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Rome - The Imperators

Ruler: Octavian
Held Office: born 63 BC - 14 AD (as Augustus)
Denomination: AR Denarius
Mint: Italian (Rome?) mint
Date of Issue: Autumn 30 BC -summer 29 BC
Obverse: Laureate head of Apollo of Actium right, with features resembling Octavian.
Reverse: Octavian, as city founder of Nicopolis, veiled and in priestly robes, ploughing right with yoke of oxen, holding whip in left hand. In exergue "IMP. CAESAR"
Reference: RCVM 1560; RIC I 272; RSC 117
Weight: 3.6 gms
Diameter: 19.8 mm
Comment: The foundation of Nicopolis in Epirus, on a site close to Octavian's military camp during the Actian campaign, clearly provide the inpiration for this type. Here were settled large numbers of people from all the neighbouring communities of Epirus and Arcarnania and work on the new city seems to have commenced very soon after the great event which had been reponsible for its birth. The actual dedication probably took place in 29 B.C., by which time these coins would already have appeared in circulation. At Actium itself the temple of Apollo, the god to whom Octavian attributed his success, was enlarged and embellished, hence his depiction as the obverse type. The founder ploughing with oxen refers to the Roman custom (inherited from the Etruscans) of fixing the boundary (pomoerium) of a new city by marking it with a furrow. This ceremony possessed a deep religious significance, hence the founder's priestly garb.
Sear: The History and Coinage of the Roman Imperators 79-27 BC

Octavian (Caius Julius Caesar Octavianus)

Octavian was the great nephew of Julius Caesar. Caesar was fond of the youth and had him raised to the College of Pontifices-a major Roman priesthood-at the age of 16. When Caesar was assassinated in 44 BC, Octavius was in Illyria, where he was serving in the army; on his return to Italy, he learned that he was Caesar's adopted heir. He subsequently took the name Gaius Julius Caesar, to which historians have added Octavianus.

Caesar's assassination plunged Rome into turmoil. Octavian, determined to avenge his adoptive father and secure his position, vied with Mark Antony, Caesar's ambitious colleague, for power and honour. After some political and military skirmishes, during which Antony was driven across the Alps while Octavian was made senator and then consul, Octavian recognized the necessity of making peace with his rival. In late 43 BC, the two together with Antony's ally, the general Marcus Aemilius Lepidus, met and formed the Second Triumvirate to rule the Roman provinces. The alliance was sealed by a wide-ranging proscription, in which their opponents including 300 senators and 200 knights were slain. Among those killed was the ageing orator Cicero.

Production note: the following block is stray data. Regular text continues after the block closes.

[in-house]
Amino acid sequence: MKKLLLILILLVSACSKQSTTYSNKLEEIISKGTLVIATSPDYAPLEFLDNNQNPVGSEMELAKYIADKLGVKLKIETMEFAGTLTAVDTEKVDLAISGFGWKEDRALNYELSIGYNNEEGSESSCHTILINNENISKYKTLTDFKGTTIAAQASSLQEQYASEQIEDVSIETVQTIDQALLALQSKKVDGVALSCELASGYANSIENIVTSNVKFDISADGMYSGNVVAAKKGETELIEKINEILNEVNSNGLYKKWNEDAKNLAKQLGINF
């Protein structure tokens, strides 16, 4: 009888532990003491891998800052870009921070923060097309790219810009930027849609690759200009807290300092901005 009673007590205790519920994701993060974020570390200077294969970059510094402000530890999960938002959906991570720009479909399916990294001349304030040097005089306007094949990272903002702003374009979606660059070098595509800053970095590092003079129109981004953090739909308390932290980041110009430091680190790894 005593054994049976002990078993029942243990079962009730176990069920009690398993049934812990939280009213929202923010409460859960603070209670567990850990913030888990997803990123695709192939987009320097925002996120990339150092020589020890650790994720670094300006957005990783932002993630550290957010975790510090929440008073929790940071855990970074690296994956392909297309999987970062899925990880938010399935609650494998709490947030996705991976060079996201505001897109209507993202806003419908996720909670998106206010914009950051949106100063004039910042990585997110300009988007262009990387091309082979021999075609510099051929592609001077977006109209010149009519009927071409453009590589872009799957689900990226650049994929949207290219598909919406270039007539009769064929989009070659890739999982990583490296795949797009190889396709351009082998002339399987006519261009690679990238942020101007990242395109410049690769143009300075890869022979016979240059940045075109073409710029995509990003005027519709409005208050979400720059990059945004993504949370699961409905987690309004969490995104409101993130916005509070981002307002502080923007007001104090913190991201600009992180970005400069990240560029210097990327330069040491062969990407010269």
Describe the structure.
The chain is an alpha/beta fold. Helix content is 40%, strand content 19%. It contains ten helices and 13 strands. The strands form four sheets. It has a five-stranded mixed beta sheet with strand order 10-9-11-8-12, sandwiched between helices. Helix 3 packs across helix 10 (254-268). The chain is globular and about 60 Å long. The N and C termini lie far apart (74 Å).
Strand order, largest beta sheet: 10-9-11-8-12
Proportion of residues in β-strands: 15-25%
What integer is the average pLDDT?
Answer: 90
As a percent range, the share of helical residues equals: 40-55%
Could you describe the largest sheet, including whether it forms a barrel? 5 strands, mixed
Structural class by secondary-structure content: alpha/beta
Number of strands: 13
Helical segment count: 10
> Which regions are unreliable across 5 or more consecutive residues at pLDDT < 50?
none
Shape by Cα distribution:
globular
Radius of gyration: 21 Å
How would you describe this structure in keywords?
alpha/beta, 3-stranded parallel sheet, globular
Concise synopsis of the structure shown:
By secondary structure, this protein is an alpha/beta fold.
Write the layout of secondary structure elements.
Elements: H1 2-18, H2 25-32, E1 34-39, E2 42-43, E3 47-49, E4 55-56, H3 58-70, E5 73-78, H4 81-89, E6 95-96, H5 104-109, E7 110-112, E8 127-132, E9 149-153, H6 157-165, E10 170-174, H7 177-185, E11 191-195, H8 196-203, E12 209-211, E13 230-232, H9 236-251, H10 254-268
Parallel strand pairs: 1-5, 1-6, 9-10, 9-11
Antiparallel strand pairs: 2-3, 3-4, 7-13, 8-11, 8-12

Octavian and Antony next took the field against the leaders of Caesar's assassins, Marcus Junius Brutus and Gaius Cassius Longinus, both of whom committed suicide in 42 BC, after their defeat at Philippi in Macedonia, Greece. By 40 BC the triumvirs had divided control of the Roman world amongst themselves. Octavian ruled most of the western provinces, Antony the eastern ones, and Lepidus Africa. Although Antony and Octavian clashed over control of Italy, they settled their differences, and in 37 BC Octavian gave Antony his sister, Octavia, in marriage. In 36 BC, Sextus Pompeius, son of Pompey the Great and the last major opponent of the triumvirs, was eliminated. Octavian then forced Lepidus from power, while Antony was in the east fighting the Parthians.

The triumvirate was finally dissolved when Antony sent Octavia back to Rome, and soon after married Cleopatra, whom Caesar had installed as Queen of Egypt. By recognizing Caesarion, her son by Caesar, as her co-ruler, Anthony threatened Octavian's position as Caesar's only successor, and war was inevitable. Octavian defeated the joint forces of Antony and Cleopatra at the naval battle of Actium in 31 BC; the following year Antony and Cleopatra both committed suicide. Caesarion was murdered. In 29 BC Octavian returned to Rome in triumph as the sole ruler of the Roman world.

In 27 BC the Roman Senate gave Octavian the title Augustus ("consecrated", or "holy"), which later became synonymous with "emperor". The Senate bestowed on him a host of other titles and powers that had been held by many different officials in the Republic. In 36 BC he was granted the inviolability of a plebeian tribune, and in 30 BC he received the powers of a tribune, thus giving him the veto and control over assemblies. The Senate also granted him ultimate authority in the provinces; this, together with the consulship of Rome and Italy, which he held 13 times during his reign, conferred on him supreme authority throughout the empire. After the death of Lepidus he also became Pontifex Maximus ("chief priest") with control over religion. Despite his pre-eminence as reflected in the titles princeps, or first citizen, and imperator (from which "emperor" is derived), Augustus was careful not to take on the trappings of monarchy. In fact, he made much of the claim that he was restoring the Roman Republic.

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